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The printing process

Updated: January 21, 2005

Applies To: Windows Server 2003, Windows Server 2003 R2, Windows Server 2003 with SP1, Windows Server 2003 with SP2

The printing process

The following is an overview of the operations performed on a document submitted to a printer from a Windows XP client. The printer is attached to a computer running a Windows Server 2003 family operating system. (Some processes are slightly different for non-Windows brand operating system print clients.)

The printing process
  1. A user on a Windows XP client computer chooses to print a document.

  2. If the document is submitted from a Windows application, the application calls the graphics device interface (GDI), which calls the printer driver associated with the target printer. Using the document information from the application, the GDI and the driver exchange data to render the print job in the printer language of the printer, and then pass it to the client-side print spooler. If the client is using an operating system other than Windows, or a non-Windows application, another component replaces the GDI to perform a similar task.

  3. The client computer delivers the print job to the print server. For Windows XP, Windows 2000, or Windows NT 4.0 clients, the client-side spooler makes a remote procedure call (RPC) to the server side of the spooler, which uses the print router to poll the remote print provider on the client side. The remote print provider initiates another RPC to the server spooler, which receives the print job over the network.

  4. On the print server, print jobs from Windows XP, Windows 2000, or Windows NT 4.0 clients are of the enhanced metafiles (EMF) data type. Many other applications use the RAW (ready to print) data type.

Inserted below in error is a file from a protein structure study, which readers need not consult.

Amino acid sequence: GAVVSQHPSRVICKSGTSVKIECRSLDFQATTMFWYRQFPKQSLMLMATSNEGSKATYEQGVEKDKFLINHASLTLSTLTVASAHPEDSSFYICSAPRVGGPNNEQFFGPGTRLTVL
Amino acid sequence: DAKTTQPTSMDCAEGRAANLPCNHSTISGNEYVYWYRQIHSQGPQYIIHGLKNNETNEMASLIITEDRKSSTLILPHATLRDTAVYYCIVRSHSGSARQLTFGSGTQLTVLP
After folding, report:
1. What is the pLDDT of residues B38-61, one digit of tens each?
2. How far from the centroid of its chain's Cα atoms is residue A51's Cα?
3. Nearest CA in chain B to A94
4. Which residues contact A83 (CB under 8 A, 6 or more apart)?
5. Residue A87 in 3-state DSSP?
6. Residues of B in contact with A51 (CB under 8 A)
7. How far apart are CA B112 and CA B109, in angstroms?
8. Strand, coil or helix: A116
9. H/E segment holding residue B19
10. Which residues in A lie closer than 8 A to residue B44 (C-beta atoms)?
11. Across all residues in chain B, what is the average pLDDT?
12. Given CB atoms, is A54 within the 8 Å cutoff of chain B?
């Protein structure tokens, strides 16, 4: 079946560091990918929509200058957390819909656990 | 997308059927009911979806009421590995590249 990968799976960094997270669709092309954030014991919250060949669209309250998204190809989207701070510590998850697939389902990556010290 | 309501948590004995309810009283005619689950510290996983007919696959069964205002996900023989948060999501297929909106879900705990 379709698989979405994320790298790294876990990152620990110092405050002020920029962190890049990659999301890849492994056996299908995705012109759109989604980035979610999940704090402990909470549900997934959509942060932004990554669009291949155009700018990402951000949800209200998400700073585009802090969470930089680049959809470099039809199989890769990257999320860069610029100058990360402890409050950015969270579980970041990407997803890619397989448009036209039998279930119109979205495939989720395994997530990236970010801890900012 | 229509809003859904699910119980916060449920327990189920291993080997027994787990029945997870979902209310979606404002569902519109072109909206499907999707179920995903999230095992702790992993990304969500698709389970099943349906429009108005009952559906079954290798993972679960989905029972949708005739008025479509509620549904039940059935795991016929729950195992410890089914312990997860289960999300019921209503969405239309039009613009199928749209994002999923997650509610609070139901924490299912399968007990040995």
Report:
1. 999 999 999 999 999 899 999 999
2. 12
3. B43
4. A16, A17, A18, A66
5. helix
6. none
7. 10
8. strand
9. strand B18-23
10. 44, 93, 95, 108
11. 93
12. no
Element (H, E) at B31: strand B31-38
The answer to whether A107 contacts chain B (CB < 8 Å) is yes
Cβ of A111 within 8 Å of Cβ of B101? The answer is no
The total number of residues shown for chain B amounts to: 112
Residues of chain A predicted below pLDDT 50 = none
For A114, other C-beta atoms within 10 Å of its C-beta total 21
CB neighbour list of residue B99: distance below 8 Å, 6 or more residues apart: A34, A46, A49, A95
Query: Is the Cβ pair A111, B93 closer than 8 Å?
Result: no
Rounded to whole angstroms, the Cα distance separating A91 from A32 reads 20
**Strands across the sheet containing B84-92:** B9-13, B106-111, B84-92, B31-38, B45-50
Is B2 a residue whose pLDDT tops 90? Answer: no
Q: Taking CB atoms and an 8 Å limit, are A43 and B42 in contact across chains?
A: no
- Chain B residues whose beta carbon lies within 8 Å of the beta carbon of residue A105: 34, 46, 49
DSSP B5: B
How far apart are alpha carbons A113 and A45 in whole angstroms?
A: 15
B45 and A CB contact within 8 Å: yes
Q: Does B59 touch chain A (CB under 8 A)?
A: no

5. The router on the server passes the print job to the local print provider on the server (component of the spooler), which spools the print job (writes it to the disk).

  6. The local print provider polls the print processor. The print processor recognizes the job's data type and receives the print job. The print processor then converts the print job according to its data type.

  7. If the target printer is defined on the client computer, the print server service decides whether the server's spooler should alter the print job or assign a different data type. The print job then passes to the local print provider, which writes it to the disk.

  8. Control of the print job is passed to the separator page processor, which adds a separator page, if specified, to the front of the job.

  9. The job is despooled to the print monitors. For bidirectional printers, a language monitor handles the two-way communication between the sender and the printer, and then it passes the print job to a port monitor. If the printer is not bidirectional, the print job goes directly to the port monitor, which sends it to the target printer (or, to another network print server).

  10. The printer receives the print job, converts each page into bitmap format, and prints it.

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